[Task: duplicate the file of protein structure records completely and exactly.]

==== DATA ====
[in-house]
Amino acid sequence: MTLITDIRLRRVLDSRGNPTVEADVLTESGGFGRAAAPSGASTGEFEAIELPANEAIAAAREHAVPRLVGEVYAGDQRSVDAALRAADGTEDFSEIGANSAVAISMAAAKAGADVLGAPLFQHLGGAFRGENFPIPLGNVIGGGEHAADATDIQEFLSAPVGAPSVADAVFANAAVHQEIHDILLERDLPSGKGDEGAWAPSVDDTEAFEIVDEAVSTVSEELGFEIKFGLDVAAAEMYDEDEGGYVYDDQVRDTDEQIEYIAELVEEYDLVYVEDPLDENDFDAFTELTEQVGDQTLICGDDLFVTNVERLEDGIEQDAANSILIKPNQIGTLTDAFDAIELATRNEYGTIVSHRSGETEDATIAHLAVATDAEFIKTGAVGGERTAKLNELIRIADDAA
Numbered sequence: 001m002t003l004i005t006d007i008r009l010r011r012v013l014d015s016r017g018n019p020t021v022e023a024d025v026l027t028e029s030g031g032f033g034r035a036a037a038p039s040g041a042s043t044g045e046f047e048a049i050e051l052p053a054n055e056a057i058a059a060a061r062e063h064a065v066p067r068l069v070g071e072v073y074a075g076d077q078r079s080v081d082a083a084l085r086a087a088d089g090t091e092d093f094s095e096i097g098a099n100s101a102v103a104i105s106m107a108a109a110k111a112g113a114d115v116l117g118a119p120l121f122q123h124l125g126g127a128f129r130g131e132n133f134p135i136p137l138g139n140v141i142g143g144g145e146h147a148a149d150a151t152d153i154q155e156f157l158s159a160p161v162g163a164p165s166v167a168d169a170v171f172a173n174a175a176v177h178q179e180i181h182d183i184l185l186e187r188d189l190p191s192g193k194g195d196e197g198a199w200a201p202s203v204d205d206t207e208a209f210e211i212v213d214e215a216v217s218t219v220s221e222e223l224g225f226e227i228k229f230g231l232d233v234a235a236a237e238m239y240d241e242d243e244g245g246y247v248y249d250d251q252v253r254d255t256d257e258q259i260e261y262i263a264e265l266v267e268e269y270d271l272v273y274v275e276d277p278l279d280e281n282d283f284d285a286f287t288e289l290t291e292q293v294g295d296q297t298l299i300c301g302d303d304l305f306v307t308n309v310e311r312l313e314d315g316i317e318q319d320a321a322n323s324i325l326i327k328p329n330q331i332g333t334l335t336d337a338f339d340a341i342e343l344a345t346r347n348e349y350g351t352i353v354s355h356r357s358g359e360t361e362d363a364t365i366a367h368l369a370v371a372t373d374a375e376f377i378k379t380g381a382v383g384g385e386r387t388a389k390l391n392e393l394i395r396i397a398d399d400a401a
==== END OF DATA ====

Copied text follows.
[in-house]
Amino acid sequence: MTLITDIRLRRVLDSRGNPTVEADVLTESGGFGRAAAPSGASTGEFEAIELPANEAIAAAREHAVPRLVGEVYAGDQRSVDAALRAADGTEDFSEIGANSAVAISMAAAKAGADVLGAPLFQHLGGAFRGENFPIPLGNVIGGGEHAADATDIQEFLSAPVGAPSVADAVFANAAVHQEIHDILLERDLPSGKGDEGAWAPSVDDTEAFEIVDEAVSTVSEELGFEIKFGLDVAAAEMYDEDEGGYVYDDQVRDTDEQIEYIAELVEEYDLVYVEDPLDENDFDAFTELTEQVGDQTLICGDDLFVTNVERLEDGIEQDAANSILIKPNQIGTLTDAFDAIELATRNEYGTIVSHRSGETEDATIAHLAVATDAEFIKTGAVGGERTAKLNELIRIADDAA
Numbered sequence: 001m002t003l004i005t006d007i008r009l010r011r012v013l014d015s016r017g018n019p020t021v022e023a024d025v026l027t028e029s030g031g032f033g034r035a036a037a038p039s040g041a042s043t044g045e046f047e048a049i050e051l052p053a054n055e056a057i058a059a060a061r062e063h064a065v066p067r068l069v070g071e072v073y074a075g076d077q078r079s080v081d082a083a084l085r086a087a088d089g090t091e092d093f094s095e096i097g098a099n100s101a102v103a104i105s106m107a108a109a110k111a112g113a114d115v116l117g118a119p120l121f122q123h124l125g126g127a128f129r130g131e132n133f134p135i136p137l138g139n140v141i142g143g144g145e146h147a148a149d150a151t152d153i154q155e156f157l158s159a160p161v162g163a164p165s166v167a168d169a170v171f172a173n174a175a176v177h178q179e180i181h182d183i184l185l186e187r188d189l190p191s192g193k194g195d196e197g198a199w200a201p202s203v204d205d206t207e208a209f210e211i212v213d214e215a216v217s218t219v220s221e222e223l224g225f226e227i228k229f230g231l232d233v234a235a236a237e238m239y240d241e242d243e244g245g246y247v248y249d250d251q252v253r254d255t256d257e258q259i260e261y262i263a264e265l266v267e268e269y270d271l272v273y274v275e276d277p278l279d280e281n282d283f284d285a286f287t288e289l290t291e292q293v294g295d296q297t298l299i300c301g302d303d304l305f306v307t308n309v310e311r312l313e314d315g316i317e318q319d320a321a322n323s324i325l326i327k328p329n330q331i332g333t334l335t336d337a338f339d340a341i342e343l344a345t346r347n348e349y350g351t352i353v354s355h356r357s358g359e360t361e362d363a364t365i366a367h368l369a370v371a372t373d374a375e376f377i378k379t380g381a382v383g384g385e386r387t388a389k390l391n392e393l394i395r396i397a398d399d400a401a